• 2010s: In the 2010s to the present day, fashion bloggers have become instant access to fearless and chic style. With thousands across the world, readers gain exclusive entry every week to their favorite blogs through an email subscription service. Fashion bloggers have taken over the industry, with some gaining millions of followers. Jane Aldridge of Sea of Shoes gives her readers insight into her adventures in seeking unique vintage pieces at local thrift stores and consignment shops. Blair Eadie of Atlantic-Pacific blogs about her personal style of bright colors and has partnered with brands such as Nordstrom and Tory Burch.


With modern-day designers and influencers constantly reshaping the fashion industry, it is essential that past fashions and styles are remembered and incorporated into current wardrobes. Vintage style is highly coveted, so much so that current fashion brands such as Zara, H&M, and Mango incorporate timeless style into their collections. Vintage pieces such as the Diane Von Furstenberg wrap dress, Dior Saddle Bag, Fendi Baguette, and vintage couture are sought after across the nation, with millions buying them off of websites such as eBay and TheRealReal. However, vintage fashion does not always have to be purchased. A stroll through grandma’s closet can be just as valuable. I put this to the test and rummaged through my great-grandma’s closet, with permission, of course. I found countless vintage items such as trench coats, straw hats, square toe heels, scarves, and jewelry. I have observed almost identical items being walked the runways in current fashion shows.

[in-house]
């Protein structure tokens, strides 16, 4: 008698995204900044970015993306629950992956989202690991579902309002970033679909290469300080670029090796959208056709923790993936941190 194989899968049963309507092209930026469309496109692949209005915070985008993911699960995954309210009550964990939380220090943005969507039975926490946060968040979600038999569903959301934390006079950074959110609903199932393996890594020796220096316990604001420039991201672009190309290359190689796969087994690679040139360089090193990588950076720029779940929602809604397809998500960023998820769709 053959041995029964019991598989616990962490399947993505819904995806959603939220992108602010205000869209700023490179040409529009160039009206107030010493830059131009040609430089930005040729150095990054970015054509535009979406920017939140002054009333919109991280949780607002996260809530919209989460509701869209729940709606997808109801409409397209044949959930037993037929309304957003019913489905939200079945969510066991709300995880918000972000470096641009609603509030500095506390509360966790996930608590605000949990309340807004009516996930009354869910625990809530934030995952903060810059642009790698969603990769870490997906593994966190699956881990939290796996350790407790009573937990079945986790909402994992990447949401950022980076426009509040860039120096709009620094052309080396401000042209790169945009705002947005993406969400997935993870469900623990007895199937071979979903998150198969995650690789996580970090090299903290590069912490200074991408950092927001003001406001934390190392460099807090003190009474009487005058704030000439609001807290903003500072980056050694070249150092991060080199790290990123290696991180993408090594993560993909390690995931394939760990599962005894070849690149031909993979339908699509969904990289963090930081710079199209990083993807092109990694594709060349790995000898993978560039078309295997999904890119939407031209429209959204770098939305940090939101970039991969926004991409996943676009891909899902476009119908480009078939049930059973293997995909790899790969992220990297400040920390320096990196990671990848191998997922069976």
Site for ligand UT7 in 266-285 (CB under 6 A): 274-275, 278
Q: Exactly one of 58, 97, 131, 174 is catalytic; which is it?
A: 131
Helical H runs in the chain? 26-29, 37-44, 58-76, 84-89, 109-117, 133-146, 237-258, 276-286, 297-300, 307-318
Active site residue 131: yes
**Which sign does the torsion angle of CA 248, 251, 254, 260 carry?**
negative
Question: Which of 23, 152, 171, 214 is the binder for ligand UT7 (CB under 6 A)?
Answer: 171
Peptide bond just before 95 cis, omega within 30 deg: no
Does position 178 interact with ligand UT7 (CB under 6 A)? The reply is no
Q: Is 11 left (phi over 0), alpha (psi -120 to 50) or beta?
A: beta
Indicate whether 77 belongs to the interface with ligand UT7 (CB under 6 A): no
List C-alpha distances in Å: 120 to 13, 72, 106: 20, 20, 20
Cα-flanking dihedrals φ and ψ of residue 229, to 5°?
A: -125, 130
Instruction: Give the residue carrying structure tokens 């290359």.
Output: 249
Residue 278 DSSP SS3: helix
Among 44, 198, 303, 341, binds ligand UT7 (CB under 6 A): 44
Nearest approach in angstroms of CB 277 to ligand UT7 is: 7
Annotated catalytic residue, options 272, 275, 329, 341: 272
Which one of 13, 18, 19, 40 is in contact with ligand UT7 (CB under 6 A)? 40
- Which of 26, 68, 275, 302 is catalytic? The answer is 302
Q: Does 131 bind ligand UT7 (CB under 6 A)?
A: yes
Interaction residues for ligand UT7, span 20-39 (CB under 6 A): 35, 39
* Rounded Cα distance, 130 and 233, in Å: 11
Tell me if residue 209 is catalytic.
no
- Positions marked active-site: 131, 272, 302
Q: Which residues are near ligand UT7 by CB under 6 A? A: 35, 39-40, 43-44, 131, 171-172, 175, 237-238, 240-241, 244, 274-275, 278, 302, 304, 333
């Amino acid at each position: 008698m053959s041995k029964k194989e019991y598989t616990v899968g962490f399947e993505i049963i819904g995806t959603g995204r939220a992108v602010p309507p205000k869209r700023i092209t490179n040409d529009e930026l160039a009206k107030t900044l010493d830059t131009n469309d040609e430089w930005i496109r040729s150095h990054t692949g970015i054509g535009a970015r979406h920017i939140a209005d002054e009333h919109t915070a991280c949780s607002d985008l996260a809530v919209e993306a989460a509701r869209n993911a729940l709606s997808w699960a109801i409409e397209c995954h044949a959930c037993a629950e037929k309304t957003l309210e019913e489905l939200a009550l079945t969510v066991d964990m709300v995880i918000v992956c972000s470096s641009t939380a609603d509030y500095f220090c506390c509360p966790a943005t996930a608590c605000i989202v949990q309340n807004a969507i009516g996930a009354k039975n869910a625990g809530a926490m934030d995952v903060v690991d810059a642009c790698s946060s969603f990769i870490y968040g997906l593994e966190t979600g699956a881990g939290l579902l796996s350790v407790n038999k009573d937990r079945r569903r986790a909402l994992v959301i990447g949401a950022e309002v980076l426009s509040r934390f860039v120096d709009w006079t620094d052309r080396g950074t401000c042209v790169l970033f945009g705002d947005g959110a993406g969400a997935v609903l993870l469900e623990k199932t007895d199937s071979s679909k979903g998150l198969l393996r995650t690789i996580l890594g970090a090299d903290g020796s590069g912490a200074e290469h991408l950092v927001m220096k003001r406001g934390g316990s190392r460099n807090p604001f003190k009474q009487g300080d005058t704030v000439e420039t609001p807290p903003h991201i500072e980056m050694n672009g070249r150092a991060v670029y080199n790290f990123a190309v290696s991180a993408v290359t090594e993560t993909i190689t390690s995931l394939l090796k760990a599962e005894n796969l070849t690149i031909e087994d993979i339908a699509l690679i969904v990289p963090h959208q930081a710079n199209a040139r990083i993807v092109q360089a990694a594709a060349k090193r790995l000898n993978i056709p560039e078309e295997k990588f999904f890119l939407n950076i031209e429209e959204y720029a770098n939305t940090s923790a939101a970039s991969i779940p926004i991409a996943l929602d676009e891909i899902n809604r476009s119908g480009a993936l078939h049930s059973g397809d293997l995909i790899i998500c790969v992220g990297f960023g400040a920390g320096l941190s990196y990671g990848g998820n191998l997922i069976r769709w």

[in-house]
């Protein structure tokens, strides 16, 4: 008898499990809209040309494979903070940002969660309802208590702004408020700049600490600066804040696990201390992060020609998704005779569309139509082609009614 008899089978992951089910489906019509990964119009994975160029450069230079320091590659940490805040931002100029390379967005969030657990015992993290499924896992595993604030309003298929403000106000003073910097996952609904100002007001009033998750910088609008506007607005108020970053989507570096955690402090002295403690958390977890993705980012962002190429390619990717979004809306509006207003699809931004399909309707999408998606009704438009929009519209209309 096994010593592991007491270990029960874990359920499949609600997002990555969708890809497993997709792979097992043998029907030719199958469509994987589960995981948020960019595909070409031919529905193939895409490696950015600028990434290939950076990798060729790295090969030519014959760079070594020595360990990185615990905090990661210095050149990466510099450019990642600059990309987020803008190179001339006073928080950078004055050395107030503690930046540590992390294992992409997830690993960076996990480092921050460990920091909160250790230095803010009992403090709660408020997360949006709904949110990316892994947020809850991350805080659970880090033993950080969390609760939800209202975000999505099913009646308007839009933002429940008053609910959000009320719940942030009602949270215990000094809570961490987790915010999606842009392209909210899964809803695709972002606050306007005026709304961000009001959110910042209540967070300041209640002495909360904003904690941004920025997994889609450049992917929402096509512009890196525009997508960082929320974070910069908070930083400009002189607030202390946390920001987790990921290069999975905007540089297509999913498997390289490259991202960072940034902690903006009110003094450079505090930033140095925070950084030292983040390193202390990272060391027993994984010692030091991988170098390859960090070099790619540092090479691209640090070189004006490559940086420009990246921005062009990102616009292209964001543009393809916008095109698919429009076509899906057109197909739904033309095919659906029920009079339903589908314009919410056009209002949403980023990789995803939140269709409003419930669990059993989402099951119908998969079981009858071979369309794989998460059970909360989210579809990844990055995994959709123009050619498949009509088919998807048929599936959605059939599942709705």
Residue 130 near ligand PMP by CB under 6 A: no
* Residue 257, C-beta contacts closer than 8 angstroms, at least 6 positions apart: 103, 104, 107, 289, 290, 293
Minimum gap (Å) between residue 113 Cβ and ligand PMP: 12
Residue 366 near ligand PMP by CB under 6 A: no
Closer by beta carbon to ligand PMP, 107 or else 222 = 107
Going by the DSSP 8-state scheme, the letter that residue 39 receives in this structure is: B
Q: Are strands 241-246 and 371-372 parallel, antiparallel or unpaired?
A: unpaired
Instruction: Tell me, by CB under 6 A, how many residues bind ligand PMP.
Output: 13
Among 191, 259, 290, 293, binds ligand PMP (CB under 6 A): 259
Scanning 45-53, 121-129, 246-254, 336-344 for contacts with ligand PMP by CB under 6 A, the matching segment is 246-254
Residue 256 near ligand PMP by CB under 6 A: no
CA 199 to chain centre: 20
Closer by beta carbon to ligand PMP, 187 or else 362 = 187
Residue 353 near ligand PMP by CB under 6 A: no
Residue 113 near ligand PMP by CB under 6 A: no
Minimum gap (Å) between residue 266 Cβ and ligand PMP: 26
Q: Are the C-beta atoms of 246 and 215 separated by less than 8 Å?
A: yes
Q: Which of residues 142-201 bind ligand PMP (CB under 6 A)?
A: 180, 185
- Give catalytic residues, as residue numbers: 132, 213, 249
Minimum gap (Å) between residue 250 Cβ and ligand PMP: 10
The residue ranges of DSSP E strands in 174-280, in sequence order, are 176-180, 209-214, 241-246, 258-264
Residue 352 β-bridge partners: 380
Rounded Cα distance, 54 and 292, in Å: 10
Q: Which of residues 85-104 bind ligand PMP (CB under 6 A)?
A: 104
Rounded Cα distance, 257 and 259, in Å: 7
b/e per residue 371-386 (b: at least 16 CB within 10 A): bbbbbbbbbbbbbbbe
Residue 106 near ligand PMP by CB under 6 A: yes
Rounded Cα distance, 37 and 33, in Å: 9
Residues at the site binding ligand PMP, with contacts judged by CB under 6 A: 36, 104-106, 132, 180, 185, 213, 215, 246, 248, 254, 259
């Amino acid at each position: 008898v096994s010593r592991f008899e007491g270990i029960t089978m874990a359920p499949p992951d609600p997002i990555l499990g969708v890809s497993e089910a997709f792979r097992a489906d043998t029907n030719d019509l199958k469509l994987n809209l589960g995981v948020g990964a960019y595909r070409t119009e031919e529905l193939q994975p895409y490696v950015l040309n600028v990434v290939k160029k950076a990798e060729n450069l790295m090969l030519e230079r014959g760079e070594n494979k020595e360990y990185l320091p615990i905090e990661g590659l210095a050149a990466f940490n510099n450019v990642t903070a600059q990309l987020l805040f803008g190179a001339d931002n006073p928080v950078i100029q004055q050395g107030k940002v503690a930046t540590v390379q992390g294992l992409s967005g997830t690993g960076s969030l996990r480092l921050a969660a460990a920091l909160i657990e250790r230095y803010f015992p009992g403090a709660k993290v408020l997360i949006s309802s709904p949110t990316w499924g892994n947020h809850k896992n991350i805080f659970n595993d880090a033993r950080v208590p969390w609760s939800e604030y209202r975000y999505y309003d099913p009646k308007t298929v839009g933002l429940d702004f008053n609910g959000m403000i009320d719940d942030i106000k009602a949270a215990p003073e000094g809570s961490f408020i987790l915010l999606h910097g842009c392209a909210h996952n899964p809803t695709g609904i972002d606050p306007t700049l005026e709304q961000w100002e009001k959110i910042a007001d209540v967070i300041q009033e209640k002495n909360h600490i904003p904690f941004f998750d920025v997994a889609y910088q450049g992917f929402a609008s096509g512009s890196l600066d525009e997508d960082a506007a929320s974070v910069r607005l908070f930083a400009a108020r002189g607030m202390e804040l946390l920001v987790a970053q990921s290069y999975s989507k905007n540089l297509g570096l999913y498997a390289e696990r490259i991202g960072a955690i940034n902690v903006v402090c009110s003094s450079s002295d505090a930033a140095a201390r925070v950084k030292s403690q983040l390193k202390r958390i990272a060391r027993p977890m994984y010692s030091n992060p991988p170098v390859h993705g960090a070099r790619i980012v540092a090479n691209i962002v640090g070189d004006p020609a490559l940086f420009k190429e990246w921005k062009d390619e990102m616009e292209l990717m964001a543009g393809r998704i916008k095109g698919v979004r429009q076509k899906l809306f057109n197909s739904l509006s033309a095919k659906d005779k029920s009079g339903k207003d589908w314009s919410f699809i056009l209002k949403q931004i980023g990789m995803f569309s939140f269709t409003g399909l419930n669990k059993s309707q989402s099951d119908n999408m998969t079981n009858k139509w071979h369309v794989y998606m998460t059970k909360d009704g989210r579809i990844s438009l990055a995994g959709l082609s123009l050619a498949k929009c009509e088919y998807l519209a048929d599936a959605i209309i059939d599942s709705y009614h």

Without the evolution and reshaping of the fashion industry, style would be boring and disinteresting. However, without the remembrance and inclusion of past fashion, certain designs would not be as appreciated by future generations and the industry would not have the rich history of fashion it has today.

Want to learn more about fashion? Here are some resources:

My favorite fashion blogs:

SeaofShoes (She is from Dallas. Support local, y’all!)







My favorite fashion books:

The Little Dictionary of Fashion, by Christian Dior (This is one of my all-time favorite fashion books. So simple, yet so essential!)

Fashion: The Definitive History of Costume and Style, by DK

All in Good Taste, by Kate Spade New York

Vogue and The Metropolitan Museum of Art Costume Institute: Parties, Exhibitions, People, by Hamish Bowles

These are just a few books. There are so many more. Just go to Amazon and search “fashion books” and browse!


My favorite fashion magazines:


Harper’s Bazaar





Aldridge, Jane. “Home.” Sea of Shoes, 20 Apr. 2019,

Eadie, Blair. “Pacific.” Atlantic,

Fishman, Elana, and Elana Fishman. “Surprising Facts about Britney and Justin’s Iconic Denim AMAs Outfits.” Page Six, Page Six, 9 Oct. 2018,

Leaper, Caroline. “1950s Fashion Icons And Moments That Defined Fifties Style Forever.” Marie Claire, Marie Claire, 29 Mar. 2017,

Leaper, Caroline. “1960s Fashion: The Icons And Designers That Helped Shape The Decade.” Marie Claire, Marie Claire, 11 Jan. 2019,

Leaper, Caroline. “1970s Fashion: The Moments That Defined Seventies Style.” Marie Claire, Marie Claire, 11 Jan. 2019,

“1990s In Fashion.” Wikipedia, Wikimedia Foundation, 14 Apr. 2019,